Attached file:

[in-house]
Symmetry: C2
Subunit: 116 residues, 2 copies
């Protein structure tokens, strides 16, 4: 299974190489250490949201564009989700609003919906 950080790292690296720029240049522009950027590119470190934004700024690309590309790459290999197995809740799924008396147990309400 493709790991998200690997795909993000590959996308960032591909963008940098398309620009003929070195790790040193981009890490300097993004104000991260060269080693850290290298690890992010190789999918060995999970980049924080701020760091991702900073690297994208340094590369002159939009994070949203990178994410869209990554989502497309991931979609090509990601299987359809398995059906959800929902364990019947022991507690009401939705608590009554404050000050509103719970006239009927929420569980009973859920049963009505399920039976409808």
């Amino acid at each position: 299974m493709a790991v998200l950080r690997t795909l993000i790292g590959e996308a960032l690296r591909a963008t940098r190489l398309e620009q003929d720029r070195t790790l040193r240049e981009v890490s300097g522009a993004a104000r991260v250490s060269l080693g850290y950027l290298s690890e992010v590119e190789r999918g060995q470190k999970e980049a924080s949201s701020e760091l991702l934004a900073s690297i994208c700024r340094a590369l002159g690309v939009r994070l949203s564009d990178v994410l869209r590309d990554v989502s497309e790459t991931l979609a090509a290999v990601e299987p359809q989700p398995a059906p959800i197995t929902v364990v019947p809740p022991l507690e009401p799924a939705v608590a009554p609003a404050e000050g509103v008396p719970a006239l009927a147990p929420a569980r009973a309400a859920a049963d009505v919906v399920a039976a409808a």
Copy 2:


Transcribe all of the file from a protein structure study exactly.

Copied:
[in-house]
Symmetry: C2
Subunit: 116 residues, 2 copies
């Protein structure tokens, strides 16, 4: 299974190489250490949201564009989700609003919906 950080790292690296720029240049522009950027590119470190934004700024690309590309790459290999197995809740799924008396147990309400 493709790991998200690997795909993000590959996308960032591909963008940098398309620009003929070195790790040193981009890490300097993004104000991260060269080693850290290298690890992010190789999918060995999970980049924080701020760091991702900073690297994208340094590369002159939009994070949203990178994410869209990554989502497309991931979609090509990601299987359809398995059906959800929902364990019947022991507690009401939705608590009554404050000050509103719970006239009927929420569980009973859920049963009505399920039976409808």
């Amino acid at each position: 299974m493709a790991v998200l950080r690997t795909l993000i790292g590959e996308a960032l690296r591909a963008t940098r190489l398309e620009q003929d720029r070195t790790l040193r240049e981009v890490s300097g522009a993004a104000r991260v250490s060269l080693g850290y950027l290298s690890e992010v590119e190789r999918g060995q470190k999970e980049a924080s949201s701020e760091l991702l934004a900073s690297i994208c700024r340094a590369l002159g690309v939009r994070l949203s564009d990178v994410l869209r590309d990554v989502s497309e790459t991931l979609a090509a290999v990601e299987p359809q989700p398995a059906p959800i197995t929902v364990v019947p809740p022991l507690e009401p799924a939705v608590a009554p609003a404050e000050g509103v008396p719970a006239l009927a147990p929420a569980r009973a309400a859920a049963d009505v919906v399920a039976a409808a």
Copy 2: